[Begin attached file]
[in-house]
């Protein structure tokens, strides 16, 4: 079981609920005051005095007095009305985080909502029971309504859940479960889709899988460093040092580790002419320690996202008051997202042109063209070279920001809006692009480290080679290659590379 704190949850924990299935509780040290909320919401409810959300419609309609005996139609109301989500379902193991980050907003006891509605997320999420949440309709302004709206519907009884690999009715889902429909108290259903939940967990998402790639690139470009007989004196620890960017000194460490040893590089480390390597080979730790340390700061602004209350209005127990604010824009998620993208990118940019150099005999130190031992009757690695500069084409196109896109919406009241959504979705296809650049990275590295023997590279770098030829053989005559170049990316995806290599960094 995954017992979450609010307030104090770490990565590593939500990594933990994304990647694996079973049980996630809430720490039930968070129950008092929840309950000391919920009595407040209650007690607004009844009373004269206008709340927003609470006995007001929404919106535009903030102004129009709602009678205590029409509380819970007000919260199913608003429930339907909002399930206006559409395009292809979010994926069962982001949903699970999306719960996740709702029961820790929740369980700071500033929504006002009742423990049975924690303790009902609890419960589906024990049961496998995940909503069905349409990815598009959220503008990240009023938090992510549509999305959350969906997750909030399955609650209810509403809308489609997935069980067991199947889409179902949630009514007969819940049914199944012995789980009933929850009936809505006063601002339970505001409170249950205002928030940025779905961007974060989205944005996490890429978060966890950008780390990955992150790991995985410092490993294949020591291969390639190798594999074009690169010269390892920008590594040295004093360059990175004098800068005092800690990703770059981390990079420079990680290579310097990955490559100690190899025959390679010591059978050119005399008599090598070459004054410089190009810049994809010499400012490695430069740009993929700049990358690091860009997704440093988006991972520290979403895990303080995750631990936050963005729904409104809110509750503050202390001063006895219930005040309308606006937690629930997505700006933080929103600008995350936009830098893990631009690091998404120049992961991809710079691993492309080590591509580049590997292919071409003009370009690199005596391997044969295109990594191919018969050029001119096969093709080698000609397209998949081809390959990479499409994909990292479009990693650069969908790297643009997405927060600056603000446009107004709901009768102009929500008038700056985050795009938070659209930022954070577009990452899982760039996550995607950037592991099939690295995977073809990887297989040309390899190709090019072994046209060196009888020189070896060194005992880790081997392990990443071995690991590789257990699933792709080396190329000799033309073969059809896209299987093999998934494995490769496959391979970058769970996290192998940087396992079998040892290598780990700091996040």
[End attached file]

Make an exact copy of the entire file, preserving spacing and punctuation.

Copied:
[in-house]
């Protein structure tokens, strides 16, 4: 079981609920005051005095007095009305985080909502029971309504859940479960889709899988460093040092580790002419320690996202008051997202042109063209070279920001809006692009480290080679290659590379 704190949850924990299935509780040290909320919401409810959300419609309609005996139609109301989500379902193991980050907003006891509605997320999420949440309709302004709206519907009884690999009715889902429909108290259903939940967990998402790639690139470009007989004196620890960017000194460490040893590089480390390597080979730790340390700061602004209350209005127990604010824009998620993208990118940019150099005999130190031992009757690695500069084409196109896109919406009241959504979705296809650049990275590295023997590279770098030829053989005559170049990316995806290599960094 995954017992979450609010307030104090770490990565590593939500990594933990994304990647694996079973049980996630809430720490039930968070129950008092929840309950000391919920009595407040209650007690607004009844009373004269206008709340927003609470006995007001929404919106535009903030102004129009709602009678205590029409509380819970007000919260199913608003429930339907909002399930206006559409395009292809979010994926069962982001949903699970999306719960996740709702029961820790929740369980700071500033929504006002009742423990049975924690303790009902609890419960589906024990049961496998995940909503069905349409990815598009959220503008990240009023938090992510549509999305959350969906997750909030399955609650209810509403809308489609997935069980067991199947889409179902949630009514007969819940049914199944012995789980009933929850009936809505006063601002339970505001409170249950205002928030940025779905961007974060989205944005996490890429978060966890950008780390990955992150790991995985410092490993294949020591291969390639190798594999074009690169010269390892920008590594040295004093360059990175004098800068005092800690990703770059981390990079420079990680290579310097990955490559100690190899025959390679010591059978050119005399008599090598070459004054410089190009810049994809010499400012490695430069740009993929700049990358690091860009997704440093988006991972520290979403895990303080995750631990936050963005729904409104809110509750503050202390001063006895219930005040309308606006937690629930997505700006933080929103600008995350936009830098893990631009690091998404120049992961991809710079691993492309080590591509580049590997292919071409003009370009690199005596391997044969295109990594191919018969050029001119096969093709080698000609397209998949081809390959990479499409994909990292479009990693650069969908790297643009997405927060600056603000446009107004709901009768102009929500008038700056985050795009938070659209930022954070577009990452899982760039996550995607950037592991099939690295995977073809990887297989040309390899190709090019072994046209060196009888020189070896060194005992880790081997392990990443071995690991590789257990699933792709080396190329000799033309073969059809896209299987093999998934494995490769496959391979970058769970996290192998940087396992079998040892290598780990700091996040």